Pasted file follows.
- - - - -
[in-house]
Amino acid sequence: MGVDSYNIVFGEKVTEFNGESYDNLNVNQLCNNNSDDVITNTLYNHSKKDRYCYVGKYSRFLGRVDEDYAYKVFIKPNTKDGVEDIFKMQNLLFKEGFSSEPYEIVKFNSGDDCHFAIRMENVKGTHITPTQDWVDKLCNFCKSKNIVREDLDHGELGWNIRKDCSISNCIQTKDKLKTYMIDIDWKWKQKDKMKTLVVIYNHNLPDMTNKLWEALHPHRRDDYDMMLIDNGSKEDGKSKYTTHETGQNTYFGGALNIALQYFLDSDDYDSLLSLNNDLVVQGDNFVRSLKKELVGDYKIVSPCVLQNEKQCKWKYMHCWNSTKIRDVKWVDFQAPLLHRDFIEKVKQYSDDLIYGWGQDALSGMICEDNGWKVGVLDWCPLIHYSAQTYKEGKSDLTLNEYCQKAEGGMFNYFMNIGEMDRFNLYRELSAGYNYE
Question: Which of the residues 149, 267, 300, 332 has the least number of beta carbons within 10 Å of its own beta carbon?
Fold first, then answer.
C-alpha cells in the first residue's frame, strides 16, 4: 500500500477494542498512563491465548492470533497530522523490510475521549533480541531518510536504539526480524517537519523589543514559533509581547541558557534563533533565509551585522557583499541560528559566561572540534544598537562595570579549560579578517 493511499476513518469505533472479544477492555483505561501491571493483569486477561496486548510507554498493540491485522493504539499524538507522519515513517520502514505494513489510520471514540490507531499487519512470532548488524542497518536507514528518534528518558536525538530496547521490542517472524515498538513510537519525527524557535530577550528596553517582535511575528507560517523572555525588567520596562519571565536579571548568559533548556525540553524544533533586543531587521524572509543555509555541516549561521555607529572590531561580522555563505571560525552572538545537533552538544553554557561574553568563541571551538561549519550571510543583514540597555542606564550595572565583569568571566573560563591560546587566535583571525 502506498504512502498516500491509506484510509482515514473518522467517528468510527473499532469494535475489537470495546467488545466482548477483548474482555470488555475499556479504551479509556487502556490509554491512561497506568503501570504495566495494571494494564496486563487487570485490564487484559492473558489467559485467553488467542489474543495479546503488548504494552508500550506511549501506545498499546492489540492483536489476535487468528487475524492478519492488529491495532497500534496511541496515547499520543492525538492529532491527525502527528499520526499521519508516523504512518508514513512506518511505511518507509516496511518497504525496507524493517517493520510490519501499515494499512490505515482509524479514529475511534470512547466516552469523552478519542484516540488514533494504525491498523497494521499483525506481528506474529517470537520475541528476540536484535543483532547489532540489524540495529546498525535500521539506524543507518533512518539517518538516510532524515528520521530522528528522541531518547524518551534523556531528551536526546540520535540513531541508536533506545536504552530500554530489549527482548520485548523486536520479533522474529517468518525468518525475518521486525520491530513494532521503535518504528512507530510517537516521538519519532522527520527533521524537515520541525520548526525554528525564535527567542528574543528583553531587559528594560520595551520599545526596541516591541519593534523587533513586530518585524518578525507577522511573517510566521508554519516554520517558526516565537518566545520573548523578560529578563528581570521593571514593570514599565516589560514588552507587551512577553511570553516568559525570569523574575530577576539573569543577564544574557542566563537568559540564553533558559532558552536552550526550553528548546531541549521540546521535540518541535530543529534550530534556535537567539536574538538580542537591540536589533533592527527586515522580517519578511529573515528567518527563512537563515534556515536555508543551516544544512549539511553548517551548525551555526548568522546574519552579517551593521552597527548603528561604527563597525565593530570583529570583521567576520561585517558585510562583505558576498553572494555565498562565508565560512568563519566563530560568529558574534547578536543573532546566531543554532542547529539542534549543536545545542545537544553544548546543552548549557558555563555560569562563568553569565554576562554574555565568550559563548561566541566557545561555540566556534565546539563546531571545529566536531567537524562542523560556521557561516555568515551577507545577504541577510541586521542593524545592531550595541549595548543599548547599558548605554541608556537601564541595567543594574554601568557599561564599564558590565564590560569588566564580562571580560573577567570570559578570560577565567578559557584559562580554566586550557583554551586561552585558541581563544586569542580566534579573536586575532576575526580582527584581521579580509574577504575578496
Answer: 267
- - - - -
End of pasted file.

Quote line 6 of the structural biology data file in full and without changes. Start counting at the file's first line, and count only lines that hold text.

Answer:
Answer: 267